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My Financial Independence Journey » Stock Analysis » Air Products and Chemicals (APD) Dividend Stock Analysis

Air Products and Chemicals (APD) Dividend Stock Analysis

air-productsAir Products and Chemicals (APD) is one the largest global producers of industrial gasses and has a large specialty chemical industry as well.  APD has a global reach with 57.2% of its sales coming from foreign sources.  The company is divided into 4 main business units. 1) Merchant Gases which includes gases used in a variety of industries including health care, food processing, steel, and manufacturing accounts for 38.1% of sales. 2) Tonnage gases which includes gases meant for the refining, chemical, and metallurgical industries accounts for 33.3% of sales. 3) Electronics and Performance Materials which provides gases, services, and equipment to the electronics industries (semiconductors, LCD displays, solar cells, etc) accounts for 24.2% of sales. 4) Equipment and Energy which provides cryogenic and gas processing equipment accounts for 4.4% of sales.  APD has also been involved in a number of acquisitions and partnerships over the last few years which may help bolster APD’s earnings in 2013 and beyond.


APD Basic Company Stats

  • Ticker Symbol: APD
  • PE Ratio: 15.56
  • Yield: 3.3%
  • % above 52 week low: 75.1%
  • Beta: 1.1
  • Market cap: $18.05 B
  • Website:


APD vs the S&P500 over 10 years

APD vs SP500

APD seems to be roundly beating out the S&P500 since about 2007.  After 10 years an investment in APD would have increased by about 113% compared to 83% for the S&P500.


APD Earnings Per Share (EPS) & Dividend Growth

APD Dividends and Earnings

  • 1 year EPS growth: -6.6%
  • 3 year EPS growth: -0.8%
  • 5 year EPS growth: -1.6%
  • 10 year EPS growth: 11.2%


EPS growth for APD appears to be a little bit sporadic but generally trending upwards.  There was a big dip in 2009, which corresponded with the Great Recession, but neither 2010 nor 2012 had earnings as high as 2008.  Generally, earnings appear as though they may be leveling off.  However, as the economy improves and there is greater demand for APD’s products, earnings may resume regular increases.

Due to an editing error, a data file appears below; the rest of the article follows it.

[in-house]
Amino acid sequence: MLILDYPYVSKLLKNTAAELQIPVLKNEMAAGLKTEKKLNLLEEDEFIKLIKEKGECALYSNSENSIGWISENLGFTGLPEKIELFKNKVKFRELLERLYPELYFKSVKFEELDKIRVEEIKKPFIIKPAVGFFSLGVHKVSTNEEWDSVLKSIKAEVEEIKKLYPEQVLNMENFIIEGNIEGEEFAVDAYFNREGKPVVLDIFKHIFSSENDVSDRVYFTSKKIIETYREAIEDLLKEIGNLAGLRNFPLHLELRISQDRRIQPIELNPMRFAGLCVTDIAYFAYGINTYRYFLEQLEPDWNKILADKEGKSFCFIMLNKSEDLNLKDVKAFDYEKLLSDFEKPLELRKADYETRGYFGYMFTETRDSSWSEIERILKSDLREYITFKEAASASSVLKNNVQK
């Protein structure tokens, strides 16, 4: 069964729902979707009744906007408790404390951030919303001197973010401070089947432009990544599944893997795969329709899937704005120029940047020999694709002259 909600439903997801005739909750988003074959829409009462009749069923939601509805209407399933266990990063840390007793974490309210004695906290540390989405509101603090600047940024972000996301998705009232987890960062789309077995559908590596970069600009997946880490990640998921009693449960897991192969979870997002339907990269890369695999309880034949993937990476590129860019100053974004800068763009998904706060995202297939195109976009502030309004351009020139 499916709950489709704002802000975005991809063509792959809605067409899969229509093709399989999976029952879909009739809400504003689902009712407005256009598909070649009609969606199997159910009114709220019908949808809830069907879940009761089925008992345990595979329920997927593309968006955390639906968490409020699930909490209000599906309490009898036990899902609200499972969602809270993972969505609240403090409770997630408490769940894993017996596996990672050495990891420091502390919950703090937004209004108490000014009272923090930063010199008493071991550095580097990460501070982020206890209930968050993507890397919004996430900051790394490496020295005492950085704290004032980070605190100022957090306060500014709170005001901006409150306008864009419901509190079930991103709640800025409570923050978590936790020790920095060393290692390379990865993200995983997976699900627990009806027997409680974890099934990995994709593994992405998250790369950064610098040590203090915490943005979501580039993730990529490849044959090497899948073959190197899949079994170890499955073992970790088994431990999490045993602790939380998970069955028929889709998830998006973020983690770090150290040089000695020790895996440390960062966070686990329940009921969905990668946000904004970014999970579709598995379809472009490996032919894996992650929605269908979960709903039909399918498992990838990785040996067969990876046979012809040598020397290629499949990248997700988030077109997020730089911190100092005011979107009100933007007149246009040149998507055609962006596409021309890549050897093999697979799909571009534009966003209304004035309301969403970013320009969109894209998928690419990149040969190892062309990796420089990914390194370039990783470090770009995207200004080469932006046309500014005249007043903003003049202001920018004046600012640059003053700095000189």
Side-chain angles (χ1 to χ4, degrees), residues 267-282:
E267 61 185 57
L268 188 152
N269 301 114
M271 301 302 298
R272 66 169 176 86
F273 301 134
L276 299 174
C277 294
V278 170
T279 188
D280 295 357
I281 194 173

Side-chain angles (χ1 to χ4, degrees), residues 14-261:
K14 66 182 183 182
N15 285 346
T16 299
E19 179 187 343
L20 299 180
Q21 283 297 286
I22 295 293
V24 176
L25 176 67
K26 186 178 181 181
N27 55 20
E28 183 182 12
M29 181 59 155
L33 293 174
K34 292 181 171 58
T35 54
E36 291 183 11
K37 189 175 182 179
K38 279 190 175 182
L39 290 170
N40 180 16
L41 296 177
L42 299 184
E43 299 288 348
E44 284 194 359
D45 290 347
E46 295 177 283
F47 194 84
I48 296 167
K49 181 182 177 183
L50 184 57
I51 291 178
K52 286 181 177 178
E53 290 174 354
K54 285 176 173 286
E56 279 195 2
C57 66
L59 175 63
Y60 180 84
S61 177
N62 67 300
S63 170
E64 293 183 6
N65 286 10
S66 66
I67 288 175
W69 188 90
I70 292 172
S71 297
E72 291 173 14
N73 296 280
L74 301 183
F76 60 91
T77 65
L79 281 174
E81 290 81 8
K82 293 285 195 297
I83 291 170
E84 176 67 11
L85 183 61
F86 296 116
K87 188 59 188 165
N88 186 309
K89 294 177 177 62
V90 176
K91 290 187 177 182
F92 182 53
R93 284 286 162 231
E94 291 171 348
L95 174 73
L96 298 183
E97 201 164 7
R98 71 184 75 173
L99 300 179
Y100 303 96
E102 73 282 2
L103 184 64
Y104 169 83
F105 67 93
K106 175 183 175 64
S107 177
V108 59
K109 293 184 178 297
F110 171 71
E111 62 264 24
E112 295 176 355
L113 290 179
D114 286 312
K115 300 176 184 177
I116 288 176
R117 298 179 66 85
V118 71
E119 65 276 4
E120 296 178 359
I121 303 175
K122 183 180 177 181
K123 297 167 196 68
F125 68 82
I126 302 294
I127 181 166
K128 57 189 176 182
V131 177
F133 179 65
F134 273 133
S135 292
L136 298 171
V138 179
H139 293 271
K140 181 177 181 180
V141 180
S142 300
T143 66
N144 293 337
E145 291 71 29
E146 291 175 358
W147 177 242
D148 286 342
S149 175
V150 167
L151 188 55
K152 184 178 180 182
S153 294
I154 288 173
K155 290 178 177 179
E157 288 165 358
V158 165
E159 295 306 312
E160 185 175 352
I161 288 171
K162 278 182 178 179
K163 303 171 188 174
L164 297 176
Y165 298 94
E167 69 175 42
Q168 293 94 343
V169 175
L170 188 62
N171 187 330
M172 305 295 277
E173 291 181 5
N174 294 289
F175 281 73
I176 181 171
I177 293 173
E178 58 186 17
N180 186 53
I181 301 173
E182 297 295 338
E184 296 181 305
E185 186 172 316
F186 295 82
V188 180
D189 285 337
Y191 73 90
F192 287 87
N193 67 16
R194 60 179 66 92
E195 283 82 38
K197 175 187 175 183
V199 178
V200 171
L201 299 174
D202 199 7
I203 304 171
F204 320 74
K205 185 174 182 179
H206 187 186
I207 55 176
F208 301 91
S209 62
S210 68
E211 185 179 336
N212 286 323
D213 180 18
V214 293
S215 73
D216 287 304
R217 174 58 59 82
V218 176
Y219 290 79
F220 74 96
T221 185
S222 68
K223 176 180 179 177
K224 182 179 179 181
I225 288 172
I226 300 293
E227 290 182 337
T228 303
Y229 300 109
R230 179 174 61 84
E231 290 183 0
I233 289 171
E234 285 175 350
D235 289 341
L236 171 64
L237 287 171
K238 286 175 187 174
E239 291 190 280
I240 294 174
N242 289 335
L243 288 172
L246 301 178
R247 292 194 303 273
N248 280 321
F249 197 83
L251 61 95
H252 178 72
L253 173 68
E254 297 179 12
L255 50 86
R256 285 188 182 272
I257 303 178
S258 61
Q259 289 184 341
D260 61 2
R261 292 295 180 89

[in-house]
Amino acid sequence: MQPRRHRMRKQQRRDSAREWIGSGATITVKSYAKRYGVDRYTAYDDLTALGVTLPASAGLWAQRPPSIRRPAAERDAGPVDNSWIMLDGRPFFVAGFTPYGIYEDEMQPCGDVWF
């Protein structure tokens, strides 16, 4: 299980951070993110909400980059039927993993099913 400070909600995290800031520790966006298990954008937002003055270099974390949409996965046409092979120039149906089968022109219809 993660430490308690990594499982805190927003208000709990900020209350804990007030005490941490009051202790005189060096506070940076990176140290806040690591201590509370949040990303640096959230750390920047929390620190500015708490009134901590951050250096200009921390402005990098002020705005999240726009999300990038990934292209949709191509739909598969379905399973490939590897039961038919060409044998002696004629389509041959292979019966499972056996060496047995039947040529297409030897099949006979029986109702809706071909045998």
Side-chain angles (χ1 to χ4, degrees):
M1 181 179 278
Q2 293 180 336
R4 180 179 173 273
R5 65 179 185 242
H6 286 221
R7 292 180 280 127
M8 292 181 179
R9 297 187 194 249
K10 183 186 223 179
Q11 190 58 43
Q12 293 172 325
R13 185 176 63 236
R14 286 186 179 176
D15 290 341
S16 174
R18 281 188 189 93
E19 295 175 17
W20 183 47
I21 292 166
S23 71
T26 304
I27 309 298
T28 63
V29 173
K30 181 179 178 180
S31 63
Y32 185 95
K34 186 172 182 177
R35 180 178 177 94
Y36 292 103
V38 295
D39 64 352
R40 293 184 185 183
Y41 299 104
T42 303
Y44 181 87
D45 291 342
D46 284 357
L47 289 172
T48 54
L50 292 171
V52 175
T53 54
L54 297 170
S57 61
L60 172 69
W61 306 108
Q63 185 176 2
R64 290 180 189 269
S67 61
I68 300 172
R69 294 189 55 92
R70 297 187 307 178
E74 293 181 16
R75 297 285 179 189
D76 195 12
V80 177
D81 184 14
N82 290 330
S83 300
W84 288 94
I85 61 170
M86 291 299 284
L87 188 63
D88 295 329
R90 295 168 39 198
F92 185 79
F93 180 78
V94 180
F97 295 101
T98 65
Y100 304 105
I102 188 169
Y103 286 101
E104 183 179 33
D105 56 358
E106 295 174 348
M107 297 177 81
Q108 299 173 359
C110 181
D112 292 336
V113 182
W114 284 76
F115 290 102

• 1 year dividend growth: 14.8%
  • 3 year dividend growth: 15.5%
  • 5 year dividend growth: 10.8%
  • 10 year dividend growth: 12.6%


Dividend growth for APD has been greater than 10% for the 1, 3, 5, and 10 year periods shown above.  It’s even likely that APD’s dividend is entering a period of accelerating growth.

With a starting yield of 3.3% and a growth rate of about 12%, APD’s yield on cost will grow to about 10% in 10 years.  In order to double the dividend, using the rule of 72, it will take approximately 6 years.


APD Payout Ratio

APD Payout Ratio

APD’s payout ratio has remained relatively low. It topped 50% only twice, once in 2009 and once in 2012.  This payout ratio still leaves plenty of room for APD to increase its dividends in the future.  However, if dividends continue to increase and earnings do not follow suit, I would expect to see the payout ratio creeping upwards.


AFL Cash Flow & Revenue Growth

APD Cash Flow per share

  • 1 year revenue growth: -4.7%
  • 3 year revenue growth: 3.2%
  • 5 year revenue growth: -2.0%
  • 10 year revenue growth: 4.8%


APD’s revenue and cash flow are mimicking its EPS, and appears to be leveling off in recent years.  This is likely due to the economic slow down, but could become a concern if things don’t pick up in the next couple of years.


APD Balance Sheet

The current debt to equity ratio for APD about 71%, which is much higher than other equities (~40%). However, APD has usually had a high debt to equity ratio so these numbers don’t raise too many alarms.  It should be noted while that this is currently the highest debt to equity ratio that the company has had in the last decade some of that debt was accrued during the acquisition of other companies, so it may not be as bad as it seems.


APD Risks

The biggest risks facing APD at the moment is the prolonged economic slowdown.  APD’s products are used to manufacture other products, so if global demand rises, I would expect APD to do well.  I am generally optimistic about APD’s recent mergers and partnerships as they will expand its global presence and likely boost the bottom line in the upcoming years.


APD Valuation Panel

Graham Number